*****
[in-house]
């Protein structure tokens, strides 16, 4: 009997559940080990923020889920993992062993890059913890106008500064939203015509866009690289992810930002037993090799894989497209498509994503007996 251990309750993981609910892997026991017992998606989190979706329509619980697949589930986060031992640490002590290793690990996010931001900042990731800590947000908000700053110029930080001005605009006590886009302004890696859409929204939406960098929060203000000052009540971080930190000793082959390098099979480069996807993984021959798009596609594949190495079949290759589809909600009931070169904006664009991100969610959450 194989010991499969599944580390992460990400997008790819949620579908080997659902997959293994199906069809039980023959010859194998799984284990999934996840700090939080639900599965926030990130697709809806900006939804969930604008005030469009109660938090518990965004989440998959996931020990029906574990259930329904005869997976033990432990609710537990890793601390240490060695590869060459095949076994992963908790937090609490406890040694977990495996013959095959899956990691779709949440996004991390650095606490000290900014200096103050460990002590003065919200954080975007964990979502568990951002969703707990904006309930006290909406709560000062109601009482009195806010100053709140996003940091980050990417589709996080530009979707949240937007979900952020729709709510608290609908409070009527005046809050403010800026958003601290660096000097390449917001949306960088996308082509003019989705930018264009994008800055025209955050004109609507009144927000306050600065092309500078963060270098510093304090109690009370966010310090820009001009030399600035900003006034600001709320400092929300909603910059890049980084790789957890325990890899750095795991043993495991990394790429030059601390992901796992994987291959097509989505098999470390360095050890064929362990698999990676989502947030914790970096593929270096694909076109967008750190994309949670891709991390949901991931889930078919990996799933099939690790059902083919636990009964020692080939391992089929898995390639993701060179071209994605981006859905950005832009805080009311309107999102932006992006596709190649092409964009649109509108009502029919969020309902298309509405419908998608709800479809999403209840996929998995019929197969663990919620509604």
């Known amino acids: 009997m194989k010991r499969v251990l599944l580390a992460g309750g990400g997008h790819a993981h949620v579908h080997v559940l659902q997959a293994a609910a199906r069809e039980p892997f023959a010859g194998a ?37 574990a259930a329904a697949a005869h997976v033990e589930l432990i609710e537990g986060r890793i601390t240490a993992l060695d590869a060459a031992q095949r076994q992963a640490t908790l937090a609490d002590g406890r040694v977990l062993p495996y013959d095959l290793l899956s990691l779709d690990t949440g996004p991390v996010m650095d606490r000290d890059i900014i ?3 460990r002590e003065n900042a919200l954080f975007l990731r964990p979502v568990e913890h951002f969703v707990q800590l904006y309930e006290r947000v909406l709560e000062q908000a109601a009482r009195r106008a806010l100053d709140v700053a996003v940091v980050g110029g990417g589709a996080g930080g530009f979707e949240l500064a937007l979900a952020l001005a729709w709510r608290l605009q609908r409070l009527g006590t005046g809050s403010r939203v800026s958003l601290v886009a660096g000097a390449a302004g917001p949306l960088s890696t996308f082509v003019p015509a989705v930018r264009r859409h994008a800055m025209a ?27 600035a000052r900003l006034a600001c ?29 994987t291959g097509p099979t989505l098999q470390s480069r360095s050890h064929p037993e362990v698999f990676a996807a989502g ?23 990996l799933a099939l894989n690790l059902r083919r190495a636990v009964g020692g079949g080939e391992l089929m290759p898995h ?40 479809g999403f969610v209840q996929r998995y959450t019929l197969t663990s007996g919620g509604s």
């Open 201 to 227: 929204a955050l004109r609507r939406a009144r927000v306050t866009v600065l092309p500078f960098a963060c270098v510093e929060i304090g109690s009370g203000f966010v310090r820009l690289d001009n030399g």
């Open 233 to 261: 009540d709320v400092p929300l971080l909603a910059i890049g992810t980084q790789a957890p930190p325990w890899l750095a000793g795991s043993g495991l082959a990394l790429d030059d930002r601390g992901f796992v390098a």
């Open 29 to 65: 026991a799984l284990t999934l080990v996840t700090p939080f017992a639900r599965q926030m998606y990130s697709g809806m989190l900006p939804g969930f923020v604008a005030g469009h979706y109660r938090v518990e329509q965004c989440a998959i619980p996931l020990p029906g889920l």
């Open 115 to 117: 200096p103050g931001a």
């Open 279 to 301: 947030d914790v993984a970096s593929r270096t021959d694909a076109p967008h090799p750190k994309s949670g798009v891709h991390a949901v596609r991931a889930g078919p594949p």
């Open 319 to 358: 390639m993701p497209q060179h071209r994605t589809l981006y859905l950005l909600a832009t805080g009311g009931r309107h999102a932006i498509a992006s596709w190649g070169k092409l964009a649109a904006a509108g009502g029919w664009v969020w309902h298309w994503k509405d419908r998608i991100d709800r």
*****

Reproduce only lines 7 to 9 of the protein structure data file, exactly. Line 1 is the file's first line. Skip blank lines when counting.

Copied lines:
């Open 115 to 117: 200096p103050g931001a």
């Open 279 to 301: 947030d914790v993984a970096s593929r270096t021959d694909a076109p967008h090799p750190k994309s949670g798009v891709h991390a949901v596609r991931a889930g078919p594949p």
């Open 319 to 358: 390639m993701p497209q060179h071209r994605t589809l981006y859905l950005l909600a832009t805080g009311g009931r309107h999102a932006i498509a992006s596709w190649g070169k092409l964009a649109a904006a509108g009502g029919w664009v969020w309902h298309w994503k509405d419908r998608i991100d709800r």